Purchase price: $75.1 million About 18 years after transforming British Columbia's James Island from an explosives plant into an exclusive island retreat, U.S. telecom billionaire Craig McCaw is looking to sell the property for $75.1 million. McCaw bought the 780-acre island located off the coast of Vancouver Island for $19 million in 1994 -- the same year he and his brothers sold McCaw Cellular Communications to AT&T for $12.6 billion. On the island, the billionaire went on to build a 5,000 square-feet main house; six guest cottages; a pool; private docks; an airstrip and an 18-hole golf course designed by golf legend Jack Nicklaus. The grounds also house a library, gym and a general store. Power lines are buried underground throughout the island, electric vehicles are used and smoking is banned. The bursting of the dotcom bubble took a tool on McCaw's finances, leading him to put the island up for sale in 2001 after his fortune dropped from $7.7 billion to $2.7 billion. The island was originally listed for over $70 million, but by 2003 the price had dropped to $49 million before the sale was halted. Some famous guests known to visit the island include music producers Quincy Jones and David Foster, and Microsoft founder Bill Gates. See more billionaires' private islands at CNBC.
Purchase price: $100 million Virgin Group's Richard Branson bought Necker Island in the British Virgin Islands for about £180,000 in 1978, and the island is now worth an estimated $100 million. The flamboyant British billionaire turned the 74-acre island into a luxury retreat in 1984, with Balinese style houses run by 60 private staff. The resort can provide accommodations for up to 28 people, and individual rooms for a week-long gateway can cost up to $35,000. Renting the entire island reportedly costs over $50,000 a night. The island also has more than 200 flamingos; and, for a daily fee of $2,500, guests can go underwater on a three-person submarine called the Necker Nymph. Some famous celebrities who have tied the knot on the exclusive island include Branson and wife Joan, and Google co-founder Larry Page who married Lucy Southworth in 2007. Necker Island made headlines in August last year when British actress Kate Winslet and Branson's family were among guests that escaped uninjured from a major house fire caused by a lightning strike during a tropical storm. See more billionaires' private islands at CNBC.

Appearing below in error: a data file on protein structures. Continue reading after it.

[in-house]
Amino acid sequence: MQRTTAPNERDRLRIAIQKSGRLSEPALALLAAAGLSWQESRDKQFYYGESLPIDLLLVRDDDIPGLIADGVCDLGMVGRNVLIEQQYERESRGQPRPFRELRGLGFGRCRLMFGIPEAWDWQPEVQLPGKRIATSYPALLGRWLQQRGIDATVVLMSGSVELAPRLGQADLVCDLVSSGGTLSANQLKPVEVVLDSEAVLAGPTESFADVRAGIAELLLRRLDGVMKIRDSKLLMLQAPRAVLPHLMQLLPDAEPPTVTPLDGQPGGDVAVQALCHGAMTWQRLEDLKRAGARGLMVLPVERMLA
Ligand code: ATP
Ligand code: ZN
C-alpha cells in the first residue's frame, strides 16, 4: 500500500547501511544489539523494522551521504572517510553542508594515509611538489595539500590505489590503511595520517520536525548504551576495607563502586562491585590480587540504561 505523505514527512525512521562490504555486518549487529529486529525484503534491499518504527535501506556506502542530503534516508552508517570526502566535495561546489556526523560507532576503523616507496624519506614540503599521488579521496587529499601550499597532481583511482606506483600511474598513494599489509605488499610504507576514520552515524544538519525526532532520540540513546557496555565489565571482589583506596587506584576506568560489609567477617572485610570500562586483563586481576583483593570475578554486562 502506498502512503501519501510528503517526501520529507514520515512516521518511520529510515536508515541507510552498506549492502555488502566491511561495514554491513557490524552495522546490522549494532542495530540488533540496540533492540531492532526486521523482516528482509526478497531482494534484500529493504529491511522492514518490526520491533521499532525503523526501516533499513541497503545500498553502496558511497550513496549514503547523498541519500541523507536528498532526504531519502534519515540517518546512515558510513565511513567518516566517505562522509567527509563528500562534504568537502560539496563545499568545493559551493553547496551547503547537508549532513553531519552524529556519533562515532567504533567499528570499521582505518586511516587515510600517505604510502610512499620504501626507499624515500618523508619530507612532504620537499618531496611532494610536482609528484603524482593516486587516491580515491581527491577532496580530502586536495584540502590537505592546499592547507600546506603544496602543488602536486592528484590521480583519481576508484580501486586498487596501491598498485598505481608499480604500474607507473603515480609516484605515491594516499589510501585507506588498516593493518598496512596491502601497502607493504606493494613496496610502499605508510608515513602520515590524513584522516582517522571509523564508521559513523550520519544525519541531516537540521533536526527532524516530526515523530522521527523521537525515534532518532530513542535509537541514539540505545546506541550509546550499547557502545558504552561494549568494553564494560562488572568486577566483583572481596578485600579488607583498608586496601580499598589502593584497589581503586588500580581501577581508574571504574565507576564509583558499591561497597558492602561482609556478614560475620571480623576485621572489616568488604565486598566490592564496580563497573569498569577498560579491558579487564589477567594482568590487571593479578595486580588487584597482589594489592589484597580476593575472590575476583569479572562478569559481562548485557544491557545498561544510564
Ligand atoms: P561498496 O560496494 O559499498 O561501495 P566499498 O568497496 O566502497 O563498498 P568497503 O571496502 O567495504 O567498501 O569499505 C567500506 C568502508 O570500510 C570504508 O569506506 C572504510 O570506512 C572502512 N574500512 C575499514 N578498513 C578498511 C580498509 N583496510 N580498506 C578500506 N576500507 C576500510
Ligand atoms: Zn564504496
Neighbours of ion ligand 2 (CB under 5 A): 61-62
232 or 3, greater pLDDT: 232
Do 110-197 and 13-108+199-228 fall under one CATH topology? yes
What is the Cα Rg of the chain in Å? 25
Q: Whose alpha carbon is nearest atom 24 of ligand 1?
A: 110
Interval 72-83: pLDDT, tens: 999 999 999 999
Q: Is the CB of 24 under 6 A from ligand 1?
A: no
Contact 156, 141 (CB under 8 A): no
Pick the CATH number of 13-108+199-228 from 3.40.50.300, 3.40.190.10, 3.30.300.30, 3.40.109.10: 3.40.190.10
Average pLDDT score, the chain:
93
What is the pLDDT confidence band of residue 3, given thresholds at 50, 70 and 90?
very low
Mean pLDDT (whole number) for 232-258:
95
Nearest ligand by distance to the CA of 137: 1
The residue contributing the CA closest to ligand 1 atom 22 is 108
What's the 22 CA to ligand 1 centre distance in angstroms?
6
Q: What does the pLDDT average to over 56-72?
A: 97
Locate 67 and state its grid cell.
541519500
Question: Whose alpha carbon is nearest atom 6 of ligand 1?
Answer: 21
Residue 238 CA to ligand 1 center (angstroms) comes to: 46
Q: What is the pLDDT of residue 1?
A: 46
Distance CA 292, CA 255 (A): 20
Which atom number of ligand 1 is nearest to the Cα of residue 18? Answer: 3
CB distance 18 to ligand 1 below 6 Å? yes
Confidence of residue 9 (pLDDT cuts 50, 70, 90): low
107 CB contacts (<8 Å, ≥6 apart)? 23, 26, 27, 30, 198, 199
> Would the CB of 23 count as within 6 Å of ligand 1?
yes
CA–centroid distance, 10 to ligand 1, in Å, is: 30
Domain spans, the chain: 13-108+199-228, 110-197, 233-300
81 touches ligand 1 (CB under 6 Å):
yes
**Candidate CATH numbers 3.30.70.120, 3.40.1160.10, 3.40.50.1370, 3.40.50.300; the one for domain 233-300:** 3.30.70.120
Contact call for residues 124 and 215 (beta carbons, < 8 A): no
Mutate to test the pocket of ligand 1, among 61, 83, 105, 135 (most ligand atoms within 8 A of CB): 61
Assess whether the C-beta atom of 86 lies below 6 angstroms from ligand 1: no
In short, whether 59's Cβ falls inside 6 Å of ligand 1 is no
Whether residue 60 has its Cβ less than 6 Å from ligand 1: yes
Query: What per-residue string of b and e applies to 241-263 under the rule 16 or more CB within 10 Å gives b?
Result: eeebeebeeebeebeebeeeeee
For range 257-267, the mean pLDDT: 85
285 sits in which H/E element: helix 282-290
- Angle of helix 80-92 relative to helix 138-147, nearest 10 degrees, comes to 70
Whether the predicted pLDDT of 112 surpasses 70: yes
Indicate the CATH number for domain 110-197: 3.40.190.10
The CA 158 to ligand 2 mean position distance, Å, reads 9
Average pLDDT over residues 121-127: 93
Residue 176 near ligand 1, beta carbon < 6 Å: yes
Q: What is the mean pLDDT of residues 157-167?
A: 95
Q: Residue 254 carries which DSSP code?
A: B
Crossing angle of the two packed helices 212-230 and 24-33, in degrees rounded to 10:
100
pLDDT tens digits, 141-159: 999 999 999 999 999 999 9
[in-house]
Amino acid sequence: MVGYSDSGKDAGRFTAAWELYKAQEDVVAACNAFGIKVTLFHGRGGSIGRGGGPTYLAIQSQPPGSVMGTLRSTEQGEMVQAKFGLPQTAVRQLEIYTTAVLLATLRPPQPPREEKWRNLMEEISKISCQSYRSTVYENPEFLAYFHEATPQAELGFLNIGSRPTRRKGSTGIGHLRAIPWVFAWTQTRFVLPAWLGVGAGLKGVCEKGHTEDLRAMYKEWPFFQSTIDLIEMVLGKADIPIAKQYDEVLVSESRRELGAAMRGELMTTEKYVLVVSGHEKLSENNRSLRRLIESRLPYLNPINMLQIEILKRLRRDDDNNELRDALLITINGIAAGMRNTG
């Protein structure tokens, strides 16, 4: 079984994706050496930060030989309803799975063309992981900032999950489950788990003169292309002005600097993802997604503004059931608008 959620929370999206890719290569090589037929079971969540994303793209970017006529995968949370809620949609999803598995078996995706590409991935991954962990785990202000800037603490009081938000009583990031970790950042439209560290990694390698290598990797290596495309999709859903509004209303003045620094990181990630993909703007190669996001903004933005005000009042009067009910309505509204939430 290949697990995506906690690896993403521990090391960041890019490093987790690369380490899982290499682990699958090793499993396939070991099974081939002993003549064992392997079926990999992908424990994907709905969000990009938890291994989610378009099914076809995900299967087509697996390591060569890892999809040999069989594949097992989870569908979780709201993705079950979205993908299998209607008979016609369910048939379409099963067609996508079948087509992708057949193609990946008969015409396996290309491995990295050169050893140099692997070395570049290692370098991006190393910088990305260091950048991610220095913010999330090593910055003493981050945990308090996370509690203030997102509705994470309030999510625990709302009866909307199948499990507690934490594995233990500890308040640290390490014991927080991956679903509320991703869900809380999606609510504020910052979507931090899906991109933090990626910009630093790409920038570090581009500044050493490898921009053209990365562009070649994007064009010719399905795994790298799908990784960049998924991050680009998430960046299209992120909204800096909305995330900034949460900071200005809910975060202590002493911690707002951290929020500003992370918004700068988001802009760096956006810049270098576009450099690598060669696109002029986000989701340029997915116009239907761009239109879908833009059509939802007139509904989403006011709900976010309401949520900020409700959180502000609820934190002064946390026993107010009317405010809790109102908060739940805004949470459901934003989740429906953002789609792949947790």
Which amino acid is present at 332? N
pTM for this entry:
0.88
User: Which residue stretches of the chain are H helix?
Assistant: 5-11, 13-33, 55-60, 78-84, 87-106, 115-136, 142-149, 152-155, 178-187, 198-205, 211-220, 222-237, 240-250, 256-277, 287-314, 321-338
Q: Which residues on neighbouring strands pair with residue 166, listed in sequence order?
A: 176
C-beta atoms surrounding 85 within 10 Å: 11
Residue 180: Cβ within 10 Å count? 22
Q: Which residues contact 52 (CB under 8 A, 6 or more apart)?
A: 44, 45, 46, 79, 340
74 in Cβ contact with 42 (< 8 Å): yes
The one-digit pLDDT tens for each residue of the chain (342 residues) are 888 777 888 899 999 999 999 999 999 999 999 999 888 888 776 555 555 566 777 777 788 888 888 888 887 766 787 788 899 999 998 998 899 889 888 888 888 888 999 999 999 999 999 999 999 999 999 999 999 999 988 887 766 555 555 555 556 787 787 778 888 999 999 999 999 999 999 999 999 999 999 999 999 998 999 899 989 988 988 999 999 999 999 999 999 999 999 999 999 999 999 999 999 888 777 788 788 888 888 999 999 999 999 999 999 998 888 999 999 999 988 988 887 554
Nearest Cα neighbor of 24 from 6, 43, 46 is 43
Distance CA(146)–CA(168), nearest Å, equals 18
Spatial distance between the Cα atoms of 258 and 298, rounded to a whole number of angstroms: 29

Purchase price: $500-$600 million Tech titan Larry Ellison's purchase of 98 percent of Hawaii's sixth largest island -- Lanai -- is considered among the most expensive in the world. Ellison -- the third richest person in the U.S. and sixth richest in the world according to Forbes -- bought Lanai in June from David Murdock, the billionaire behind Dole Foods. The 141 square-mile island is known for its pineapple fields and is home to 3,000 people. Tourists visit the island for its two Four Seasons resorts, golf courses and luxury housing. Oracle co-founder Ellison now owns the two luxury resorts as part of his share of the island, while the remaining two percent is owned by private residents and the local government. As part of the sale agreement, former owner Murdock retains the right to develop a 200-megawatt wind power project on northwestern Lanai. That has faced stiff resistance from locals concerned about the operation disturbing archeological sites and displacing native birds. Residents have been vocal in their demands that Ellison respect the island's native history and artifacts in his future development plans. See more billionaires' private islands at CNBC.